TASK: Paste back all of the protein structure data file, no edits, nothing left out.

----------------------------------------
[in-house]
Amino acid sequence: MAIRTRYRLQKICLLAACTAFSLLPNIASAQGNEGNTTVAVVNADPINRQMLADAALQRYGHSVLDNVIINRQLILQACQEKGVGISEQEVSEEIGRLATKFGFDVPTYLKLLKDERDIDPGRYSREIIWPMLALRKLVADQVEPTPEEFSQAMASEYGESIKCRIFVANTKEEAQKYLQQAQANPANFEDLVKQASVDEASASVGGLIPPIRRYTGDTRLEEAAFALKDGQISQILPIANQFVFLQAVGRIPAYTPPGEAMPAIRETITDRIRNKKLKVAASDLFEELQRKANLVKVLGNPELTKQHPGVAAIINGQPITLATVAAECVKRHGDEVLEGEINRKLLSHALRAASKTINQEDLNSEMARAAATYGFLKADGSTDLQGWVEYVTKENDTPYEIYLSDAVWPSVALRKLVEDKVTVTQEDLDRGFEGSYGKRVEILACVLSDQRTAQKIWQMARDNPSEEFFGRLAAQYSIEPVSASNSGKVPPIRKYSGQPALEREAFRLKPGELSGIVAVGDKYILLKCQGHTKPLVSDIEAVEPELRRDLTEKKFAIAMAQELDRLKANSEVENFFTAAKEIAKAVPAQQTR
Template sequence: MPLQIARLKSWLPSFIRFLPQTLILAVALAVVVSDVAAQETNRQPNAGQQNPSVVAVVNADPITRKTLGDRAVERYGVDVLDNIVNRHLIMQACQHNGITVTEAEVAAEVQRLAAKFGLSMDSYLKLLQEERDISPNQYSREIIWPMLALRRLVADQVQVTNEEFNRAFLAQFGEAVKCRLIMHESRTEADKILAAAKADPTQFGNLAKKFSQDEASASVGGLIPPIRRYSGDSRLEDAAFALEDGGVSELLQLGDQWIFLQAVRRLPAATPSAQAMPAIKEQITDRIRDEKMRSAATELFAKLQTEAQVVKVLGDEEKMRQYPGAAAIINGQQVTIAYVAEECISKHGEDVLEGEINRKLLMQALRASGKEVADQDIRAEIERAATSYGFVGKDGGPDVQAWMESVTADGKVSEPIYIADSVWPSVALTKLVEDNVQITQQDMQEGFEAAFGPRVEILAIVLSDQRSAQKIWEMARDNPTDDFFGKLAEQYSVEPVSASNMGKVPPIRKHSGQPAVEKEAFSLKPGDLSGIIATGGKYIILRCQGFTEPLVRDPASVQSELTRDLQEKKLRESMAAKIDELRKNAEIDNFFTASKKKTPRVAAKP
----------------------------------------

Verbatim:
[in-house]
Amino acid sequence: MAIRTRYRLQKICLLAACTAFSLLPNIASAQGNEGNTTVAVVNADPINRQMLADAALQRYGHSVLDNVIINRQLILQACQEKGVGISEQEVSEEIGRLATKFGFDVPTYLKLLKDERDIDPGRYSREIIWPMLALRKLVADQVEPTPEEFSQAMASEYGESIKCRIFVANTKEEAQKYLQQAQANPANFEDLVKQASVDEASASVGGLIPPIRRYTGDTRLEEAAFALKDGQISQILPIANQFVFLQAVGRIPAYTPPGEAMPAIRETITDRIRNKKLKVAASDLFEELQRKANLVKVLGNPELTKQHPGVAAIINGQPITLATVAAECVKRHGDEVLEGEINRKLLSHALRAASKTINQEDLNSEMARAAATYGFLKADGSTDLQGWVEYVTKENDTPYEIYLSDAVWPSVALRKLVEDKVTVTQEDLDRGFEGSYGKRVEILACVLSDQRTAQKIWQMARDNPSEEFFGRLAAQYSIEPVSASNSGKVPPIRKYSGQPALEREAFRLKPGELSGIVAVGDKYILLKCQGHTKPLVSDIEAVEPELRRDLTEKKFAIAMAQELDRLKANSEVENFFTAAKEIAKAVPAQQTR
Template sequence: MPLQIARLKSWLPSFIRFLPQTLILAVALAVVVSDVAAQETNRQPNAGQQNPSVVAVVNADPITRKTLGDRAVERYGVDVLDNIVNRHLIMQACQHNGITVTEAEVAAEVQRLAAKFGLSMDSYLKLLQEERDISPNQYSREIIWPMLALRRLVADQVQVTNEEFNRAFLAQFGEAVKCRLIMHESRTEADKILAAAKADPTQFGNLAKKFSQDEASASVGGLIPPIRRYSGDSRLEDAAFALEDGGVSELLQLGDQWIFLQAVRRLPAATPSAQAMPAIKEQITDRIRDEKMRSAATELFAKLQTEAQVVKVLGDEEKMRQYPGAAAIINGQQVTIAYVAEECISKHGEDVLEGEINRKLLMQALRASGKEVADQDIRAEIERAATSYGFVGKDGGPDVQAWMESVTADGKVSEPIYIADSVWPSVALTKLVEDNVQITQQDMQEGFEAAFGPRVEILAIVLSDQRSAQKIWEMARDNPTDDFFGKLAEQYSVEPVSASNMGKVPPIRKHSGQPAVEKEAFSLKPGDLSGIIATGGKYIILRCQGFTEPLVRDPASVQSELTRDLQEKKLRESMAAKIDELRKNAEIDNFFTASKKKTPRVAAKP